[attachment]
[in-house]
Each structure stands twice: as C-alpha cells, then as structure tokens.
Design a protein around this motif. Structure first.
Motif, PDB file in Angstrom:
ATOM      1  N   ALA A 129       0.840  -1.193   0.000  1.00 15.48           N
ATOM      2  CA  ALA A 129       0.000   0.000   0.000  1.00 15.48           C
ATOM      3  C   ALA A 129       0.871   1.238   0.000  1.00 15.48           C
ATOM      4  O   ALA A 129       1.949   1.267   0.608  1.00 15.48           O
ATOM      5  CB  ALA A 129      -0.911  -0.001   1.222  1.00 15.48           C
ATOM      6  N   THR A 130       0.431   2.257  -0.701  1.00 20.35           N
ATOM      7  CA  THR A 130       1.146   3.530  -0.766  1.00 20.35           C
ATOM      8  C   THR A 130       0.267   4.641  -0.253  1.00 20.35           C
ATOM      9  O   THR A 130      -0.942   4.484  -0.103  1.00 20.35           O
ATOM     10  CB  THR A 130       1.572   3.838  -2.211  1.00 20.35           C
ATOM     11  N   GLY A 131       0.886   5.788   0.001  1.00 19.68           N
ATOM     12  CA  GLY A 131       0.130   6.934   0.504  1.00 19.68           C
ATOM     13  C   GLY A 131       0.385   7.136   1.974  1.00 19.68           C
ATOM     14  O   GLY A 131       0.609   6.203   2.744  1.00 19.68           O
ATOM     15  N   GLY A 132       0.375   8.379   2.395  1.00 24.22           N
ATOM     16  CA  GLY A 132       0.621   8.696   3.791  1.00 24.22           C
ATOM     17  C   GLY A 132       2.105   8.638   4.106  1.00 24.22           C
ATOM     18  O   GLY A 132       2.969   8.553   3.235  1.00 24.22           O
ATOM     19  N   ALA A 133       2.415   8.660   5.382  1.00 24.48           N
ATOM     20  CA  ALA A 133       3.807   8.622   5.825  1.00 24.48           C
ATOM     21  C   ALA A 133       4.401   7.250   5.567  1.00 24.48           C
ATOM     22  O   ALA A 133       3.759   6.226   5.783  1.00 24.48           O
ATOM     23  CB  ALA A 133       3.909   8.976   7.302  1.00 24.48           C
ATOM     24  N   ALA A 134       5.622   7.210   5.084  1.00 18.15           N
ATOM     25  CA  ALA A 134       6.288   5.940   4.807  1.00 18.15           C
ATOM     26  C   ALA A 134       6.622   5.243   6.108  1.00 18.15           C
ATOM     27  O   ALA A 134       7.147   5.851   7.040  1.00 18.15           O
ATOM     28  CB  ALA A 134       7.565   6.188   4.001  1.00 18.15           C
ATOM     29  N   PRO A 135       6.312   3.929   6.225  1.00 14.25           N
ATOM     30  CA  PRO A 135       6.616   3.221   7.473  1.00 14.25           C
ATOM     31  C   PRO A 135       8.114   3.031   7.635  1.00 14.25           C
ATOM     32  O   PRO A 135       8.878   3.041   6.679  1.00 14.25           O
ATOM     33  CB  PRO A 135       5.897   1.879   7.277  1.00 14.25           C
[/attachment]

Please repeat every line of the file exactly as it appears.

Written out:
[in-house]
Each structure stands twice: as C-alpha cells, then as structure tokens.
Design a protein around this motif. Structure first.
Motif, PDB file in Angstrom:
ATOM      1  N   ALA A 129       0.840  -1.193   0.000  1.00 15.48           N
ATOM      2  CA  ALA A 129       0.000   0.000   0.000  1.00 15.48           C
ATOM      3  C   ALA A 129       0.871   1.238   0.000  1.00 15.48           C
ATOM      4  O   ALA A 129       1.949   1.267   0.608  1.00 15.48           O
ATOM      5  CB  ALA A 129      -0.911  -0.001   1.222  1.00 15.48           C
ATOM      6  N   THR A 130       0.431   2.257  -0.701  1.00 20.35           N
ATOM      7  CA  THR A 130       1.146   3.530  -0.766  1.00 20.35           C
ATOM      8  C   THR A 130       0.267   4.641  -0.253  1.00 20.35           C
ATOM      9  O   THR A 130      -0.942   4.484  -0.103  1.00 20.35           O
ATOM     10  CB  THR A 130       1.572   3.838  -2.211  1.00 20.35           C
ATOM     11  N   GLY A 131       0.886   5.788   0.001  1.00 19.68           N
ATOM     12  CA  GLY A 131       0.130   6.934   0.504  1.00 19.68           C
ATOM     13  C   GLY A 131       0.385   7.136   1.974  1.00 19.68           C
ATOM     14  O   GLY A 131       0.609   6.203   2.744  1.00 19.68           O
ATOM     15  N   GLY A 132       0.375   8.379   2.395  1.00 24.22           N
ATOM     16  CA  GLY A 132       0.621   8.696   3.791  1.00 24.22           C
ATOM     17  C   GLY A 132       2.105   8.638   4.106  1.00 24.22           C
ATOM     18  O   GLY A 132       2.969   8.553   3.235  1.00 24.22           O
ATOM     19  N   ALA A 133       2.415   8.660   5.382  1.00 24.48           N
ATOM     20  CA  ALA A 133       3.807   8.622   5.825  1.00 24.48           C
ATOM     21  C   ALA A 133       4.401   7.250   5.567  1.00 24.48           C
ATOM     22  O   ALA A 133       3.759   6.226   5.783  1.00 24.48           O
ATOM     23  CB  ALA A 133       3.909   8.976   7.302  1.00 24.48           C
ATOM     24  N   ALA A 134       5.622   7.210   5.084  1.00 18.15           N
ATOM     25  CA  ALA A 134       6.288   5.940   4.807  1.00 18.15           C
ATOM     26  C   ALA A 134       6.622   5.243   6.108  1.00 18.15           C
ATOM     27  O   ALA A 134       7.147   5.851   7.040  1.00 18.15           O
ATOM     28  CB  ALA A 134       7.565   6.188   4.001  1.00 18.15           C
ATOM     29  N   PRO A 135       6.312   3.929   6.225  1.00 14.25           N
ATOM     30  CA  PRO A 135       6.616   3.221   7.473  1.00 14.25           C
ATOM     31  C   PRO A 135       8.114   3.031   7.635  1.00 14.25           C
ATOM     32  O   PRO A 135       8.878   3.041   6.679  1.00 14.25           O
ATOM     33  CB  PRO A 135       5.897   1.879   7.277  1.00 14.25           C